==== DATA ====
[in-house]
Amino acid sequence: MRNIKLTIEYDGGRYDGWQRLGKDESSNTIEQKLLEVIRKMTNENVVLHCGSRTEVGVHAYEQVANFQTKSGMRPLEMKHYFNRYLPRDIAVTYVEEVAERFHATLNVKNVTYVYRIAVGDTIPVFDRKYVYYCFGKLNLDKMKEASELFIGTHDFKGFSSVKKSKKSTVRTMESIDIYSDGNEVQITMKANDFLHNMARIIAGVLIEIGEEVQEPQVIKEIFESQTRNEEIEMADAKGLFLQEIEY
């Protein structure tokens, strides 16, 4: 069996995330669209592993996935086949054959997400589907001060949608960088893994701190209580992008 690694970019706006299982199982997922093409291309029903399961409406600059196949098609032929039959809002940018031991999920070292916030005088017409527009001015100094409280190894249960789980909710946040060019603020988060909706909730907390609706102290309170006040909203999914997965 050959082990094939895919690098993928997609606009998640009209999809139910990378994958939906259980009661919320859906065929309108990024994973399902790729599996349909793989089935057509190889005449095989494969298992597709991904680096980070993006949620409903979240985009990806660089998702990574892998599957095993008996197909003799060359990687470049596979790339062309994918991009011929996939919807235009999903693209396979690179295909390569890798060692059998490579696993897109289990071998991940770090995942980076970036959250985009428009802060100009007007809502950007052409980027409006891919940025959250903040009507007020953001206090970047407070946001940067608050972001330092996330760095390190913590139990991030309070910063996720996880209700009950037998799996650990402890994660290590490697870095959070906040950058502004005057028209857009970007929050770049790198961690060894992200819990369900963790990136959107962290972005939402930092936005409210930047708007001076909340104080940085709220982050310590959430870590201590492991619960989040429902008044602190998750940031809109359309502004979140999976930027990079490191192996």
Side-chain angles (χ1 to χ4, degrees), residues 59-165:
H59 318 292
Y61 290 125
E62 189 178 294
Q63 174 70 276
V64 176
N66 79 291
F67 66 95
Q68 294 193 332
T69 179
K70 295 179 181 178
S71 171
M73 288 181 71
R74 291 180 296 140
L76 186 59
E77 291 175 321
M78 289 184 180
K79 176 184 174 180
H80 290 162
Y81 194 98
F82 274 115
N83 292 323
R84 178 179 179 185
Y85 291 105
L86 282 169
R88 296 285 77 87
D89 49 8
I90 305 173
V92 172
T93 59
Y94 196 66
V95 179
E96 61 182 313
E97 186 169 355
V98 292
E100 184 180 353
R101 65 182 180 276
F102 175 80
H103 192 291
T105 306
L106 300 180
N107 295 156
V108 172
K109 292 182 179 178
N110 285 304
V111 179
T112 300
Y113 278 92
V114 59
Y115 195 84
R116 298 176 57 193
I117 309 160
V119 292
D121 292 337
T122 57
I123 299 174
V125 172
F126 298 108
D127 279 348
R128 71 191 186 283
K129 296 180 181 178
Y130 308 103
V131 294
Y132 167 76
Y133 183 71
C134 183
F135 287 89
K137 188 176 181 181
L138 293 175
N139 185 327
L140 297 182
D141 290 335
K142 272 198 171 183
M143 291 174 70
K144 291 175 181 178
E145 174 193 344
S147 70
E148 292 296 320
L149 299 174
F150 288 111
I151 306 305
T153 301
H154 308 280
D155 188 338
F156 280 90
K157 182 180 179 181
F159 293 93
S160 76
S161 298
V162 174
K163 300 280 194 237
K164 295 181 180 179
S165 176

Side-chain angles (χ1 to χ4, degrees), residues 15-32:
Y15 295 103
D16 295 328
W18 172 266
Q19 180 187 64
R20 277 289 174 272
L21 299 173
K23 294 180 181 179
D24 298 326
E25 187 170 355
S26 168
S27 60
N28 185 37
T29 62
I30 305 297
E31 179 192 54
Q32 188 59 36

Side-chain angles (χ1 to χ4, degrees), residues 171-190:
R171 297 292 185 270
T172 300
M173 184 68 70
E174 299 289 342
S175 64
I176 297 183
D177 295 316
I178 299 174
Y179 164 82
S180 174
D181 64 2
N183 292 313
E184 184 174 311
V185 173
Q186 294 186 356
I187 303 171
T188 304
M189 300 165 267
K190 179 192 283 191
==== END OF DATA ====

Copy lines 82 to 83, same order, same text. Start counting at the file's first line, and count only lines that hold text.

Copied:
L149 299 174
F150 288 111